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jove's pensees

PAP Midyear Conference 2002


Dr. Jove Jim S. Aguas

Dr. Patricia B. Licuanan, President, Miriam College, other school officials, PAP Officers and Directors, our speakers, colleagues fellow lovers of wisdom, Good Morning!

Welcome to this years PAP Mid-year Conference. Our theme is Philosophy and Peace.

Peace is the challenge of our time. It is therefore imperative on our part as philosophers to reflect upon this ideal especially in the midst of violence and terrorism. It is very sad to note that we are living is a world full of violence, and hatred.

The recent bombings in Zamboanga and here in Manila, bombing in Bali Indonesia, the continued war between the Israelis and Palestinians in the Middle East, the September 11 attack against the United States and the consequent attack against Afghanistan, are just some of the violence and reported horrible events that happened around us. But equally horrible are the unreported violence against helpless and innocent civilians especially children and women all around the globe, the unreported murders, rapes, kidnappings, child prostitution, and other acts of violence. Needless to say that we are living in a world where violence has become so much part of life. Sad to say it has put man against his fellow man, brothers against brothers.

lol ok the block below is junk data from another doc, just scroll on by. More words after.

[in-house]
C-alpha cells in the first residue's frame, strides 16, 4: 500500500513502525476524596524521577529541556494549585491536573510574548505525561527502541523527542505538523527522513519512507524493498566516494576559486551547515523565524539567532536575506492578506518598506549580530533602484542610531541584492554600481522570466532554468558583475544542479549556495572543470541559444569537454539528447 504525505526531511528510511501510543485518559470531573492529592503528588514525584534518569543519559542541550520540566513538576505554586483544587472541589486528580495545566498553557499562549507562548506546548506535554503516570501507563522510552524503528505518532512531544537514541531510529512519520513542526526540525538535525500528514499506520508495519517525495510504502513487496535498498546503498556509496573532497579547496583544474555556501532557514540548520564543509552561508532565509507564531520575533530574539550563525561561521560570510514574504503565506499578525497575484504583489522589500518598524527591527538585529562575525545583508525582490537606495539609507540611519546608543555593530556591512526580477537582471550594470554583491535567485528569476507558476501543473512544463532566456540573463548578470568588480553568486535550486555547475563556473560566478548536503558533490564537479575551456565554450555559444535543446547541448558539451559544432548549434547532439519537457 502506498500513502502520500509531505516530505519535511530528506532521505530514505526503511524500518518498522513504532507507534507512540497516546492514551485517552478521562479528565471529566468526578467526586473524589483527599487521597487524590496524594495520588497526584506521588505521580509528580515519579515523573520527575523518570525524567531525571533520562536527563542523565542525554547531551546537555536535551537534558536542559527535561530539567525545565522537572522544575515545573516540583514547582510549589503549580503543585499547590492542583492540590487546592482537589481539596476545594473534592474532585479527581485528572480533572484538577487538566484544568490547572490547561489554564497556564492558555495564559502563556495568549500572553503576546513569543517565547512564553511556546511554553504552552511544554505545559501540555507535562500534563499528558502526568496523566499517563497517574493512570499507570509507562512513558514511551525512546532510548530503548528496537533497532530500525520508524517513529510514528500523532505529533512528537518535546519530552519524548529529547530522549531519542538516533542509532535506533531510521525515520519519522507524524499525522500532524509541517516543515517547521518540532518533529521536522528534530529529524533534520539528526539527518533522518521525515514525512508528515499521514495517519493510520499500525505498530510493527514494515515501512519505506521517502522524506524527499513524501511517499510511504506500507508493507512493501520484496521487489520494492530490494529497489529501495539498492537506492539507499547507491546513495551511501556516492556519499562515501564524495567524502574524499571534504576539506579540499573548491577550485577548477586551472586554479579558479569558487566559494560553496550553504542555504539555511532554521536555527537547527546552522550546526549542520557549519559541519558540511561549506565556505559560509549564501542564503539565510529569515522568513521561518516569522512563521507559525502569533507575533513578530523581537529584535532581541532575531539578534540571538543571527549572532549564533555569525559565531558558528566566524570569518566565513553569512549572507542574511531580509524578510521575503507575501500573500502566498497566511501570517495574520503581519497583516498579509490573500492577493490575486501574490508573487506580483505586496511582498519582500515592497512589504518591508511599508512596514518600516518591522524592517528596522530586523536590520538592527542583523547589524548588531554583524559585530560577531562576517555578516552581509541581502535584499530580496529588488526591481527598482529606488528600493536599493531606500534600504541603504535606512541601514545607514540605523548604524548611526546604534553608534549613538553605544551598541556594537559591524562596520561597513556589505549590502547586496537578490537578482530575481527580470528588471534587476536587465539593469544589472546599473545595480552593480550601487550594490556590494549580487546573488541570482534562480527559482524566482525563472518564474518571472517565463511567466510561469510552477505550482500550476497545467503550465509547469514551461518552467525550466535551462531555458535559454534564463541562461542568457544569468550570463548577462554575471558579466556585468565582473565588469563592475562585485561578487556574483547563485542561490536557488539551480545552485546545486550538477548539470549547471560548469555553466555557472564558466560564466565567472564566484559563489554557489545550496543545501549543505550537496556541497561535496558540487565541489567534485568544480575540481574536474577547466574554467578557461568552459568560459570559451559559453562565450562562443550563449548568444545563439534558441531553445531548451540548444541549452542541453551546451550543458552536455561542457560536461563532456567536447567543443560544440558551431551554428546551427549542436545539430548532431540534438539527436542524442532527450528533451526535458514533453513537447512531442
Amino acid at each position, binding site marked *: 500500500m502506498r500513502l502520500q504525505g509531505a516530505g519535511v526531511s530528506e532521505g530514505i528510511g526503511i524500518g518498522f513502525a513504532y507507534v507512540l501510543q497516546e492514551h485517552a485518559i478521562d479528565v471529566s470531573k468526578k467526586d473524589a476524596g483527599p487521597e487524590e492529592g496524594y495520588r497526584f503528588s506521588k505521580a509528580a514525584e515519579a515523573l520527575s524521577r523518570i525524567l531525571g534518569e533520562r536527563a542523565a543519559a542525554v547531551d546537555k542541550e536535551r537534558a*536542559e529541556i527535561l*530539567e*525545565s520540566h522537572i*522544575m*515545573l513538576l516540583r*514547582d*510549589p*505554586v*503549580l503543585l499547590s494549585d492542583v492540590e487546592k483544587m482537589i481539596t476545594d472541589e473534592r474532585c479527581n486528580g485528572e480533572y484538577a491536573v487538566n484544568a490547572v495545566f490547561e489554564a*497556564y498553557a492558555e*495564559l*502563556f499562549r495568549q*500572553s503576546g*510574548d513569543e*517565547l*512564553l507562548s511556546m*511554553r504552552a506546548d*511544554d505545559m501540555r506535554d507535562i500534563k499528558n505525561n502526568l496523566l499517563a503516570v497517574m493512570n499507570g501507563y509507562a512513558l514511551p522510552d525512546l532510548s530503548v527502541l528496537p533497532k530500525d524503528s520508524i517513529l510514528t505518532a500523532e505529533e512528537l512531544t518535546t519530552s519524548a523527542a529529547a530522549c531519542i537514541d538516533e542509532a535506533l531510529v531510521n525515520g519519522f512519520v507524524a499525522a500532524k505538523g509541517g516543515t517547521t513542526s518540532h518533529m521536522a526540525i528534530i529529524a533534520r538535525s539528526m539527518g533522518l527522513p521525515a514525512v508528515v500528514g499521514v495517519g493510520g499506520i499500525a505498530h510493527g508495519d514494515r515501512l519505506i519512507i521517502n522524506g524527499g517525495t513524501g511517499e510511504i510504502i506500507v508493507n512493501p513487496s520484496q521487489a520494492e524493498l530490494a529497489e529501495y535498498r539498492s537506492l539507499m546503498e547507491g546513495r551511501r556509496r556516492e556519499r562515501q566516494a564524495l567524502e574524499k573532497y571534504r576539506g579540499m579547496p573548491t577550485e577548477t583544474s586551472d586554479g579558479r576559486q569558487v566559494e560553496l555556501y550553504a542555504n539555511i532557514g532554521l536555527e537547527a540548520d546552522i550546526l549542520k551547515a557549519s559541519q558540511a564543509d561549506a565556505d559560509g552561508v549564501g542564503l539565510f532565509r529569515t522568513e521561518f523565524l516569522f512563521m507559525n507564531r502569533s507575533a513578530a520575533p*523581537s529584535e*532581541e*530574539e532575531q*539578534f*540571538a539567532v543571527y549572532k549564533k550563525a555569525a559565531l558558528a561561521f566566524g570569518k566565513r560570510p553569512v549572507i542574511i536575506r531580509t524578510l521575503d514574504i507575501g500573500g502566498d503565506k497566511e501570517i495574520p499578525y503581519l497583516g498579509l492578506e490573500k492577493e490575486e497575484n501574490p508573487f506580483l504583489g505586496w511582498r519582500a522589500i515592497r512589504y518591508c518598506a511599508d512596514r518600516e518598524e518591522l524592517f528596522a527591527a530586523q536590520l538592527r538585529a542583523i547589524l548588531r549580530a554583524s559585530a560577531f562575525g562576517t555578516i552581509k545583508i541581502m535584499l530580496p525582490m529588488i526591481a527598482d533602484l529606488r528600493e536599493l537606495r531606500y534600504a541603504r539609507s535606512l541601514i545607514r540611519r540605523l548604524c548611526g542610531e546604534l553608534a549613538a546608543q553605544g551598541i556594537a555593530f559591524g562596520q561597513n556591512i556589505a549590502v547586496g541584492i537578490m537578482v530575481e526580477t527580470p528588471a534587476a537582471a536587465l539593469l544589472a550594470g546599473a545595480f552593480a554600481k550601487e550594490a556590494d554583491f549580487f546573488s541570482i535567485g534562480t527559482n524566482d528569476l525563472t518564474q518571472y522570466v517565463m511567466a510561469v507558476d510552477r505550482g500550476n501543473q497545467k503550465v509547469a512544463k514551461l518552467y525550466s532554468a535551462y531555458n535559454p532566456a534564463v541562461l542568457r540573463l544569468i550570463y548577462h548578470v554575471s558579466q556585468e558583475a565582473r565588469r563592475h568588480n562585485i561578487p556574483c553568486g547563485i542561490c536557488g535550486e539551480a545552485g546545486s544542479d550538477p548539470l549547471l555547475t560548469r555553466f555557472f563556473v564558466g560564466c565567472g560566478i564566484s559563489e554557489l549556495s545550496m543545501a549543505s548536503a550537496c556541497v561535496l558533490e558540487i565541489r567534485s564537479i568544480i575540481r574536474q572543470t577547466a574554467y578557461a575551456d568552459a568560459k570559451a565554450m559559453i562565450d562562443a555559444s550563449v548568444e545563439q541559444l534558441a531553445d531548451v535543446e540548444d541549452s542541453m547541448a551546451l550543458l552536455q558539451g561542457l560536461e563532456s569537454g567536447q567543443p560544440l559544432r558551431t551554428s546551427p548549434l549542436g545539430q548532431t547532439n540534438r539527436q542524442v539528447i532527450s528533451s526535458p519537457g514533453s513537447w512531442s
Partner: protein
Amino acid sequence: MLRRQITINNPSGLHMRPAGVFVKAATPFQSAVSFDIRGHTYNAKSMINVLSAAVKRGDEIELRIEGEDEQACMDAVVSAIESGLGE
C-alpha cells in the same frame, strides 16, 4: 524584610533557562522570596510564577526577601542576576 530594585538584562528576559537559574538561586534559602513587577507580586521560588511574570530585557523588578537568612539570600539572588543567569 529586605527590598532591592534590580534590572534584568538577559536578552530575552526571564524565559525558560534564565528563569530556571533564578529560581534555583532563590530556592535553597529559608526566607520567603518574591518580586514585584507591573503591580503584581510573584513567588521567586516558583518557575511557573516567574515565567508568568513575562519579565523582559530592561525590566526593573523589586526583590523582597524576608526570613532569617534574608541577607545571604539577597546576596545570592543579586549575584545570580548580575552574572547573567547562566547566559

There is so much violence now in the world, and it has affected our homes, spread in our streets, in different nations and in the world. Violence is destroying our lives and breaking our homes, trampling our dignity and hopes and undermining our hope for lasting world peace and security. But at the outset, we can say that this external violence is rooted somehow in the inner self of every man, in his heart. This growing culture of violence is largely caused by the hostility, hatred, despair and indifference of many men.

In a Pastoral Message in 1994, the US Catholic Bishops wrote:

"Our families are torn by violence. Our communities are destroyed by violence. Our faith is tested by violence. We have an obligation to respond."

The challenge now is to promote a culture of lasting peace, a culture where the human person with his dignity is respected. Respect for and development of human life and the promotion of human dignity require peace. Peace is not merely the absence of war. Peace cannot be attained on earth without safeguarding the welfare of persons, respecting the dignity of persons and the rights of individuals to free association and interaction among themselves.

The challenge of the time is for us philosophers, to reflect on the role of philosophy in the promotion of peace. But the bigger challenge is to involve ourselves in action, the bigger challenge is to act. We cannot be fence-sitters, neither can we be just content with philosophical contemplation, for peace is not just a concept it is a concrete reality, a concrete ideal.

In a paper I delivered recently in a conference, I have outlined major points that would help bring about lasting world peace,